We have to make some assumptions to get going, and the following are somewhat artificial, but I think not too strange. The intuitive idea is that it is only the relative score between the top two candidates that would matter in an election, if only the voter knew who those two candidates were going to be. One can define the regret of a strategic voter to be how much the voter would prefer to have adjusted the scores of these two candidates, in retrospect, and then ask for an outcome that minimizes this regret. Essentially the same thing is formulated below in positive rather than negative terms.

To normalize things, all voter scores are real numbers in the interval [0,1]. (It does not affect the argument whether these scores are arbitrary in this interval or limited to some discrete values.)

There is a fixed pool of candidates to vote for, among whom we will pick a single winner; the rest are losers.

Each voter has either a known preference ordering among all candidates.

Each voter has some information about the likely election outcomes, which we formulate as a probability distribution over which pair of candidates is likely to be the top two.

When a given pair of pair of candidates is the top two, each voter would prefer to have assigned their favorite of these two candidates a score of 1 and the other candidate a score of 0. We define the regret of the voter to be the total difference between these ideal scores and the voter’s actual scores.

The goal of each voter is to vote in a way that minimizes their expected regret.
Really the only important aspect of these assumptions is that the value a strategic voter wants to optimize (the expected regret) is a linear function of their chosen scores. For linear optimization, each score should be an extreme: 0 or 1. The regretminimizing scores for a given voter are not necessarily monotonic in the voter’s preferences, though; for instance, if a voter prefers \(p > q > r > s\) but there is an overwhelming probability of seeing either \(pq\) or \(rs\) as the top two, then the voter should score 1 for \(p\) and \(r\), and 0 for \(q\) and \(s\).
There’s an easy method for a voter to determine which scores should be 0 and which should be 1, to achieve the minimum expected regret. For each candidate, sum over pairs of candidates to determine the probabilities that the candidate will be the favorite of the top two candidates, or the lessfavorite of the top two candidates. If a candidate is more likely to be favorite than lessfavorite, assign score 1; otherwise assign score 0.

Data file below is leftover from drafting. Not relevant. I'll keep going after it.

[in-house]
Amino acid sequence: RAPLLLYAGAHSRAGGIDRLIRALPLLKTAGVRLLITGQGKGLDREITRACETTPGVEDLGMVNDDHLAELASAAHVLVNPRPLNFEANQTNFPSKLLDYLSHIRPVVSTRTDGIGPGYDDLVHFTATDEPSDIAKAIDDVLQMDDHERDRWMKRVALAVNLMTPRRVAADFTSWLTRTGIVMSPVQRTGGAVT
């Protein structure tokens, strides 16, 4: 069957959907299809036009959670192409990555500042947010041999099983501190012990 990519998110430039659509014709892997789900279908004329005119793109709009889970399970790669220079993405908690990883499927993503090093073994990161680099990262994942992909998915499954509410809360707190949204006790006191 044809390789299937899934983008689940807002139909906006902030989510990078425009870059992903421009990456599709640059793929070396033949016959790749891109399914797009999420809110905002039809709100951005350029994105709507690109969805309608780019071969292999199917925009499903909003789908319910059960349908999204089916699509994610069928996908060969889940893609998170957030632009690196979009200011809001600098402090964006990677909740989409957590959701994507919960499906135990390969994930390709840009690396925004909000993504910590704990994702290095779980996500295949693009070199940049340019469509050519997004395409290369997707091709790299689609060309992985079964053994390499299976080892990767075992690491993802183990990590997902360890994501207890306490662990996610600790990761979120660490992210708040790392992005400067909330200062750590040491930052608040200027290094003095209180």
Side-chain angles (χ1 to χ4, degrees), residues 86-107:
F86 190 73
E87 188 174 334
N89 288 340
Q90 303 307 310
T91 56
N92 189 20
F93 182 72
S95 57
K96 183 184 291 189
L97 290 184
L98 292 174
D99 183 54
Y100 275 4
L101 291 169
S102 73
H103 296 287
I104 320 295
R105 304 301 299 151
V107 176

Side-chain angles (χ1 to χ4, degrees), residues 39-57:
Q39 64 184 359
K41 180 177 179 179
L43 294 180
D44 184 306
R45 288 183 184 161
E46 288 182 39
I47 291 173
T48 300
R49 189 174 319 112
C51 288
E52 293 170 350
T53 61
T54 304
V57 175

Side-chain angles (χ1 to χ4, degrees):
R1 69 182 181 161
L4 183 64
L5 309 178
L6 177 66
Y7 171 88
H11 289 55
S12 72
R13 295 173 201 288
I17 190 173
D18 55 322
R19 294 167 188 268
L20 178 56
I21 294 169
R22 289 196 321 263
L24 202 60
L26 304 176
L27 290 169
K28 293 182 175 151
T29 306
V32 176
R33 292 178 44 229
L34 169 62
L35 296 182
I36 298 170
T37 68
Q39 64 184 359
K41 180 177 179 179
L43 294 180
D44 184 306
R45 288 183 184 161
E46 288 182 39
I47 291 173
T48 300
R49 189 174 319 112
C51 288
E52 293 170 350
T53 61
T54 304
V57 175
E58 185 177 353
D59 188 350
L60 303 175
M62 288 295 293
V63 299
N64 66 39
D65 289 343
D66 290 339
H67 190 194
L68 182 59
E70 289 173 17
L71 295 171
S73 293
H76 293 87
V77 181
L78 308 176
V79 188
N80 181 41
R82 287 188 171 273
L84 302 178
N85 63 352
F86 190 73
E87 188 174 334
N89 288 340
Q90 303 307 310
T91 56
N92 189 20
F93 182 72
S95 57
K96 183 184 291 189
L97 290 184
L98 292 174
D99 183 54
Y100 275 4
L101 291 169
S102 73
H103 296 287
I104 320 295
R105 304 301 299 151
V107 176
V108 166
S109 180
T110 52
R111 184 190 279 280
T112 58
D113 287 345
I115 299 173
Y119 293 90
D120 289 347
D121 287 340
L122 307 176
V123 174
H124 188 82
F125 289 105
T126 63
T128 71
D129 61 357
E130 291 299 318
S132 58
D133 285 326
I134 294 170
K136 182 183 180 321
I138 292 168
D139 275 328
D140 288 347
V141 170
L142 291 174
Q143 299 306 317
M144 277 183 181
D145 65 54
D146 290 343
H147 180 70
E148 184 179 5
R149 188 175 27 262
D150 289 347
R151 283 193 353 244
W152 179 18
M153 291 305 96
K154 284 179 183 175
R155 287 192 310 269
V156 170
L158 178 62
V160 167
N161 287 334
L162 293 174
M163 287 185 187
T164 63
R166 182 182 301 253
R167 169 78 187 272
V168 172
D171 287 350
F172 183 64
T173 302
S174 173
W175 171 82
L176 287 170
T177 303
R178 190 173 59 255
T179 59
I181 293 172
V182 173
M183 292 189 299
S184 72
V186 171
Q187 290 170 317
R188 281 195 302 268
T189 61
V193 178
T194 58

So at least with these assumptions, in range voting, the strategic voters will always choose 0 and 1 for all their votes. One could try to put all the other voters on a more equal footing by telling them all to use 0 and 1. That is exactly what a different system, approval voting, does. Alternatively, one could require the strategic voters (and everyone else) to spread out their scores more evenly, by providing a regularlyspaced set of score values and requiring each value to be used only for a single candidate. That is exactly what a different system, the Borda count, does. But if we use range voting, and all voters are strategic, we get approval voting anyway, regardless of what we call it, and the only effect of calling it range voting is to give voters options that they will not use. And if we have a mix of strategic and truthful voters, the truthful voters are put at a disadvantage. Either way, range voting promises something different to the voters than what it delivers. If you think it’s the system you should use, choose Borda or approval instead. If you don’t like approval voting, then exactly the same disadvantages accrue to strategic range voting, because it ends up being the same as approval voting.
To be fair, there is one situation where I think range voting can work: where all participants are collectivist. In that situation, range voting collects more nuanced information than approval voting, exactly what the voters want to do. But although the assumption of collectivism might be true of some academic program committees and grant panels, I don’t think it’s true of most singlewinner political elections.
Or, if you are strategic and think that your faction is going to be clever enough to vote strategically and your opponents are more likely to vote honestly, giving you an unfair advantage, then continue to advocate for range voting.